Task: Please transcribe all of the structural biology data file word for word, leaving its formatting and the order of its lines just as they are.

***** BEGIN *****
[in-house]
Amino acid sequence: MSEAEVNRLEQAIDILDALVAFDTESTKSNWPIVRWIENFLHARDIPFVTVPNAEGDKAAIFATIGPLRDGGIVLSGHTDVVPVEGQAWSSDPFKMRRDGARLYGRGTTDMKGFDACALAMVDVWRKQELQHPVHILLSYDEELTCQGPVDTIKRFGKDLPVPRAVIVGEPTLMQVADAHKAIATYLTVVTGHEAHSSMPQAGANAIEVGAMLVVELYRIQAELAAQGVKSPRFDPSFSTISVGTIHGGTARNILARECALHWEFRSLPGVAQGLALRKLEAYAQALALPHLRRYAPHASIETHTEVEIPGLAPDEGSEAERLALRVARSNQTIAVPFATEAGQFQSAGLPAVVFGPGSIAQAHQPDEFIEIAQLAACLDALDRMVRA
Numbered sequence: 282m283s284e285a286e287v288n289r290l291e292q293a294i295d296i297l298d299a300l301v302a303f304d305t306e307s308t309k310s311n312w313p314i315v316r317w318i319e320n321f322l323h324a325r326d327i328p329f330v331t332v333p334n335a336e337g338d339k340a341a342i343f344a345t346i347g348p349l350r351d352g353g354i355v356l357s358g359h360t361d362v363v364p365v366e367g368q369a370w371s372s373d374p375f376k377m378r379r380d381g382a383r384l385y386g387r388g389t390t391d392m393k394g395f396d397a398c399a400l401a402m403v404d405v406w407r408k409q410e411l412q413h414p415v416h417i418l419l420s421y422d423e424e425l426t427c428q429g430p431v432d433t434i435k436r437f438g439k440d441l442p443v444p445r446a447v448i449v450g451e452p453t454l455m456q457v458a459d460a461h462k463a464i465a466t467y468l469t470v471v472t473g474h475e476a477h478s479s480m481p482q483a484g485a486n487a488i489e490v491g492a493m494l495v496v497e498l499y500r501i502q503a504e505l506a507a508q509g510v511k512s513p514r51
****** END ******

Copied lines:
[in-house]
Amino acid sequence: MSEAEVNRLEQAIDILDALVAFDTESTKSNWPIVRWIENFLHARDIPFVTVPNAEGDKAAIFATIGPLRDGGIVLSGHTDVVPVEGQAWSSDPFKMRRDGARLYGRGTTDMKGFDACALAMVDVWRKQELQHPVHILLSYDEELTCQGPVDTIKRFGKDLPVPRAVIVGEPTLMQVADAHKAIATYLTVVTGHEAHSSMPQAGANAIEVGAMLVVELYRIQAELAAQGVKSPRFDPSFSTISVGTIHGGTARNILARECALHWEFRSLPGVAQGLALRKLEAYAQALALPHLRRYAPHASIETHTEVEIPGLAPDEGSEAERLALRVARSNQTIAVPFATEAGQFQSAGLPAVVFGPGSIAQAHQPDEFIEIAQLAACLDALDRMVRA
Numbered sequence: 282m283s284e285a286e287v288n289r290l291e292q293a294i295d296i297l298d299a300l301v302a303f304d305t306e307s308t309k310s311n312w313p314i315v316r317w318i319e320n321f322l323h324a325r326d327i328p329f330v331t332v333p334n335a336e337g338d339k340a341a342i343f344a345t346i347g348p349l350r351d352g353g354i355v356l357s358g359h360t361d362v363v364p365v366e367g368q369a370w371s372s373d374p375f376k377m378r379r380d381g382a383r384l385y386g387r388g389t390t391d392m393k394g395f396d397a398c399a400l401a402m403v404d405v406w407r408k409q410e411l412q413h414p415v416h417i418l419l420s421y422d423e424e425l426t427c428q429g430p431v432d433t434i435k436r437f438g439k440d441l442p443v444p445r446a447v448i449v450g451e452p453t454l455m456q457v458a459d460a461h462k463a464i465a466t467y468l469t470v471v472t473g474h475e476a477h478s479s480m481p482q483a484g485a486n487a488i489e490v491g492a493m494l495v496v497e498l499y500r501i502q503a504e505l506a507a508q509g510v511k512s513p514r51